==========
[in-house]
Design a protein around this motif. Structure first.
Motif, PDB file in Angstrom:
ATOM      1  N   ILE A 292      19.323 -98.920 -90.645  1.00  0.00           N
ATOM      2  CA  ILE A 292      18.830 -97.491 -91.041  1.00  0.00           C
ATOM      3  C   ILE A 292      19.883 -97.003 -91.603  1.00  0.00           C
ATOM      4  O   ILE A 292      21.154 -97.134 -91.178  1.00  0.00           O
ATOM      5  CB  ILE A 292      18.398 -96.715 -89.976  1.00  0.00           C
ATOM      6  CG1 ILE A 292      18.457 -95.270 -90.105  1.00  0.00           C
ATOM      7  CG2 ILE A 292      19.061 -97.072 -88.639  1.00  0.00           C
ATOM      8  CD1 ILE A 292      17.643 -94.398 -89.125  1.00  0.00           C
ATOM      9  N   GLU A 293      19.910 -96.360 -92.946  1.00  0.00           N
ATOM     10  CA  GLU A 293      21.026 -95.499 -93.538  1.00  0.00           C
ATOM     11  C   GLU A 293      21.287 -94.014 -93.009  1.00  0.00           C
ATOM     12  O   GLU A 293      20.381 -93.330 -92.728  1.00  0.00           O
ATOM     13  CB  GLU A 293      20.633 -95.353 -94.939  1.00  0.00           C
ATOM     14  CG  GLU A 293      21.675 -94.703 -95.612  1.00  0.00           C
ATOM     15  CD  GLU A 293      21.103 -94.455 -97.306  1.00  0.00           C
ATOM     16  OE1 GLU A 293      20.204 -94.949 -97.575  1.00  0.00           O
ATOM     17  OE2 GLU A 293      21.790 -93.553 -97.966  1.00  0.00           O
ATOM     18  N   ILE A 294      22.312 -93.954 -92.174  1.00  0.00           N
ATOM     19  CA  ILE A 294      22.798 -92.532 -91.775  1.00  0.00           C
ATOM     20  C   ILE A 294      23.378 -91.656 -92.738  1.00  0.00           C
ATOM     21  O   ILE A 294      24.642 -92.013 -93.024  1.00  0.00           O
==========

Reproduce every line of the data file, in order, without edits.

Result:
[in-house]
Design a protein around this motif. Structure first.
Motif, PDB file in Angstrom:
ATOM      1  N   ILE A 292      19.323 -98.920 -90.645  1.00  0.00           N
ATOM      2  CA  ILE A 292      18.830 -97.491 -91.041  1.00  0.00           C
ATOM      3  C   ILE A 292      19.883 -97.003 -91.603  1.00  0.00           C
ATOM      4  O   ILE A 292      21.154 -97.134 -91.178  1.00  0.00           O
ATOM      5  CB  ILE A 292      18.398 -96.715 -89.976  1.00  0.00           C
ATOM      6  CG1 ILE A 292      18.457 -95.270 -90.105  1.00  0.00           C
ATOM      7  CG2 ILE A 292      19.061 -97.072 -88.639  1.00  0.00           C
ATOM      8  CD1 ILE A 292      17.643 -94.398 -89.125  1.00  0.00           C
ATOM      9  N   GLU A 293      19.910 -96.360 -92.946  1.00  0.00           N
ATOM     10  CA  GLU A 293      21.026 -95.499 -93.538  1.00  0.00           C
ATOM     11  C   GLU A 293      21.287 -94.014 -93.009  1.00  0.00           C
ATOM     12  O   GLU A 293      20.381 -93.330 -92.728  1.00  0.00           O
ATOM     13  CB  GLU A 293      20.633 -95.353 -94.939  1.00  0.00           C
ATOM     14  CG  GLU A 293      21.675 -94.703 -95.612  1.00  0.00           C
ATOM     15  CD  GLU A 293      21.103 -94.455 -97.306  1.00  0.00           C
ATOM     16  OE1 GLU A 293      20.204 -94.949 -97.575  1.00  0.00           O
ATOM     17  OE2 GLU A 293      21.790 -93.553 -97.966  1.00  0.00           O
ATOM     18  N   ILE A 294      22.312 -93.954 -92.174  1.00  0.00           N
ATOM     19  CA  ILE A 294      22.798 -92.532 -91.775  1.00  0.00           C
ATOM     20  C   ILE A 294      23.378 -91.656 -92.738  1.00  0.00           C
ATOM     21  O   ILE A 294      24.642 -92.013 -93.024  1.00  0.00           O